postgresql-7.1.3 pg_ctl password authentication and startup 
Author Message
 postgresql-7.1.3 pg_ctl password authentication and startup

Can I get comments on this?  It allows storage of a super-user password
in a file under /data that gets passed in psql.  I don't like the fact
the password is stored unencrypted but that is needed to pipe into psql.
For 7.2 *BSD, Linux, it would be better to set up local/indent but for
other platforms I can see a use to it.

Quote:
> The problem:
>  If password authentication is set, then startup
> blocks waiting for a password to be given in stdin.

> System:
>  FreeBSD 4.4
>  postgresql runs under user/group pgsql
>  data directory owned by pgsql

> Workaround:
>  Modified the pg_ctl script to redirect a one line
> password file to "$PGPATH/psql". The passwd file
> exists in the data directory.
> PASSFILE=$PGDATA/postmaster.passwd
>  If the passwd file does not exist, an empty one will
> be created with perm 600.

> Security:
>  If someone has root or pgsql os user access, then
> they
> can alter the data directory at will anyways. Putting
> a plaintext passwd file in the data directory that
> regular users cannot access anyways does not represent
> any more of a security hazard that if someone had
> access to the master.passwd files.
>  Workaround a bit more secure than allowing trust to
> all local users.

> --- pg_ctl.sh   Sat Apr 21 04:23:58 2001
> +++ /usr/local/bin/pg_ctl       Sat Sep 22 12:39:03
> 2001

>  # Placed here during build


> +bindir='/usr/local/bin'
> +VERSION='7.1.3'

>  # protect the log file
>  umask 077

>  DEFPOSTOPTS=$PGDATA/postmaster.opts.default
>  POSTOPTSFILE=$PGDATA/postmaster.opts
>  PIDFILE=$PGDATA/postmaster.pid
> +PASSFILE=$PGDATA/postmaster.passwd
> +if [ ! -e $PASSFILE ];then
> +       touch $PASSFILE
> +       chmod 600 $PASSFILE
> +fi

>  if [ $op = "status" ];then
>      if [ -f $PIDFILE ];then

>         do
>  # FIXME:  This is horribly misconceived.
>  # 1) If password authentication is set up, the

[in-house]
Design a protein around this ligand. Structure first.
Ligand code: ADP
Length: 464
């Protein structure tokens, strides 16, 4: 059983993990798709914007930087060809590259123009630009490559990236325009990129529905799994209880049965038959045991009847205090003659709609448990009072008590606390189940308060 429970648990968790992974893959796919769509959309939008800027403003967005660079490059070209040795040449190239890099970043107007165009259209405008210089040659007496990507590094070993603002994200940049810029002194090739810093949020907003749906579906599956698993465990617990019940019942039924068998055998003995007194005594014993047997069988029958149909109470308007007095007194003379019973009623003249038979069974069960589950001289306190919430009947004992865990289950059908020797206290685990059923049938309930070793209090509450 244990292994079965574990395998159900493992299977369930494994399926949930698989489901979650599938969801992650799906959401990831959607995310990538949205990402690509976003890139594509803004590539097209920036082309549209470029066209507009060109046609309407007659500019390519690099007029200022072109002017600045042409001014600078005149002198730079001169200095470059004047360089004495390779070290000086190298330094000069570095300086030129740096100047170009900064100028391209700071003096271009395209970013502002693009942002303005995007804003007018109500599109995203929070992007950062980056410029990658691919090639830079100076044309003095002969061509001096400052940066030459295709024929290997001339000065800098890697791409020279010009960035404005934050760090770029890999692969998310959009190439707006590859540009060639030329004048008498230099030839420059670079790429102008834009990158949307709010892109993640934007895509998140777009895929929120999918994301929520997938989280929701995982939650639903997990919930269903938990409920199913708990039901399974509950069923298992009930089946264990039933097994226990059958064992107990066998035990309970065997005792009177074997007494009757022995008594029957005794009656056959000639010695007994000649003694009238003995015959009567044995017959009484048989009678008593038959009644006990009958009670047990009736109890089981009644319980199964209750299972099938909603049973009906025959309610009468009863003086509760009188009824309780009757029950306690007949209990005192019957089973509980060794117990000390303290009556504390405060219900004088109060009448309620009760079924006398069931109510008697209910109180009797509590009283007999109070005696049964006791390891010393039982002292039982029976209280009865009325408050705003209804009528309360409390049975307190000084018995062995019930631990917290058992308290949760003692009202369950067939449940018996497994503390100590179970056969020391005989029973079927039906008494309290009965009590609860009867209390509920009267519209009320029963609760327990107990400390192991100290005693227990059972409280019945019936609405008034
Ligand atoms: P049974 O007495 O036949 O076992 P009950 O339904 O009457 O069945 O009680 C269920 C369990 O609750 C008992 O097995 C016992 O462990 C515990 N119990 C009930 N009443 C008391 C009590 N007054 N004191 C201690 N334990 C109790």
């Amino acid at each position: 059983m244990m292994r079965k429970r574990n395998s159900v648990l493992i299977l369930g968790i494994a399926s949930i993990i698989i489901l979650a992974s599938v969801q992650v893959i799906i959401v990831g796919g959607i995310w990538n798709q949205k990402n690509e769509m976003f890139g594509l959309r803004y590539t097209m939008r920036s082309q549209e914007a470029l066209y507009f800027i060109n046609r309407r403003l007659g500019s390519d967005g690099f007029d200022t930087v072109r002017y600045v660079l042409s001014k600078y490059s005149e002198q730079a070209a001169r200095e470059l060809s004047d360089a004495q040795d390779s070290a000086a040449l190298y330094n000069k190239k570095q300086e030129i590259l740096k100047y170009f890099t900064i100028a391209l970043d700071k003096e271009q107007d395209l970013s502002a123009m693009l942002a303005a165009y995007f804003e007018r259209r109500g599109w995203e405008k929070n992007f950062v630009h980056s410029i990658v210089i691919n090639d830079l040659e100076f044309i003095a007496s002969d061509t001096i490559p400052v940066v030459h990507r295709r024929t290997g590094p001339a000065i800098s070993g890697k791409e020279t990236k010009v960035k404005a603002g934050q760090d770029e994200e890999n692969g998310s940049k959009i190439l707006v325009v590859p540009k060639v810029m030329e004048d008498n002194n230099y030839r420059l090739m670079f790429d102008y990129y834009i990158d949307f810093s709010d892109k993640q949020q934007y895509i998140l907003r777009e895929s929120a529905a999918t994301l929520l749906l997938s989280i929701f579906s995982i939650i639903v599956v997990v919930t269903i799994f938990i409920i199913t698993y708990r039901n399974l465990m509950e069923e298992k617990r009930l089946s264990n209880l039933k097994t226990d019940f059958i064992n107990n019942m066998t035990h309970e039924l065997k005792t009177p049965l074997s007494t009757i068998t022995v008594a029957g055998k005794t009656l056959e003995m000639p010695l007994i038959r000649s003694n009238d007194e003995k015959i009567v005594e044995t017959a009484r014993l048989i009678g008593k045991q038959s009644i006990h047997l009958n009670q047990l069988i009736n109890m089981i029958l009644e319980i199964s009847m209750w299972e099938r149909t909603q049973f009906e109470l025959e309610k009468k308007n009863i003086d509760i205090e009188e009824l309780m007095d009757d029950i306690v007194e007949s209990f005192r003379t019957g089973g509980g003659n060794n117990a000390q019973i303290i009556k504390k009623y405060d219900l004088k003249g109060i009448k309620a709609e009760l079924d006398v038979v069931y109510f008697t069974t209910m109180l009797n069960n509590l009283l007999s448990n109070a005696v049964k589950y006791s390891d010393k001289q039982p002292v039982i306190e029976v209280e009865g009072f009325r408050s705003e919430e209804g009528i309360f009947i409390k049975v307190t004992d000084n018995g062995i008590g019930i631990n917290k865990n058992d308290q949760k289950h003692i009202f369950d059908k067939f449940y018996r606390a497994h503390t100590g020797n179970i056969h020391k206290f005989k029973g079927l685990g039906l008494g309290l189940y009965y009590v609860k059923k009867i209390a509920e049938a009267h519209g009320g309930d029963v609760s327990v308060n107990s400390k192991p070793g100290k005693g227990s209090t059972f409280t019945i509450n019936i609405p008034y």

> connection will fail.
> +#      Kinda fixed. If password is set up, and the
> $PASSFILE
> +#      does not exist, then it will fail. If password
> is setup
> +#      and passwd file exists with the passwd, then
> it will succeed.
> +#      If password auth is not set, this will still
> work.
>  # 2) If a virtual host is set up, the connection may
> fail.
>  # 3) If network traffic filters are set up tight
> enough, the connection
>  #    may fail.

>  # 6) If the dynamic loader is not set up correctly
> (for this user/at
>  #    this time), psql will fail (to find libpq).
>  # 7) If psql is misconfigured, this may fail.
> -           if "$PGPATH/psql" -l >/dev/null 2>&1
> +           if "$PGPATH/psql" -l >/dev/null 2>&1 <
> $PASSFILE
>             then
>                 break;
>             else

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Tue, 30 Mar 2004 13:57:39 GMT
 postgresql-7.1.3 pg_ctl password authentication and startup

Quote:

> Can I get comments on this?

Ugh.

Quote:
> It allows storage of a super-user password
> in a file under /data that gets passed in psql.  I don't like the fact
> the password is stored unencrypted

Entirely unacceptable IMHO.  We just spent a large amount of work to
eliminate the need to keep any unencrypted passwords inside $PGDATA
... and this patch proposes to sling one right back in there, in an
easy-to-find place no less.  Mess up the protection on $PGDATA, and
you've given away the store.

pg_ctl is certainly in need of work for systems that use password
security, but this is not a good fix.

                        regards, tom lane

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Wed, 31 Mar 2004 02:11:21 GMT
 
 [ 2 post ] 

 Relevant Pages 

1. postgresql-7.1.3 pg_ctl password authentication and startup

2. pgsql/src/bin/pg_ctl (Makefile pg_ctl.sh)

3. pgsql/src/bin/pg_ctl pg_ctl.sh

4. pgsql/src/bin/pg_ctl pg_ctl.sh

5. pgsql/src/bin/pg_ctl (pg_ctl.sh)

6. pgsql/src/bin/pg_ctl (pg_ctl.sh)

7. pgsql/src/bin/pg_ctl pg_ctl.sh

8. pgsql/src/bin pg_ctl/pg_ctl.sh pgaccess/main.tcl

9. pgsql-server/src/bin/pg_ctl pg_ctl.sh

10. pgsql/src/bin/pg_ctl pg_ctl.sh

11. Incorrect password using pg_ctl

12. PAM Authentication for PostgreSQL...


 
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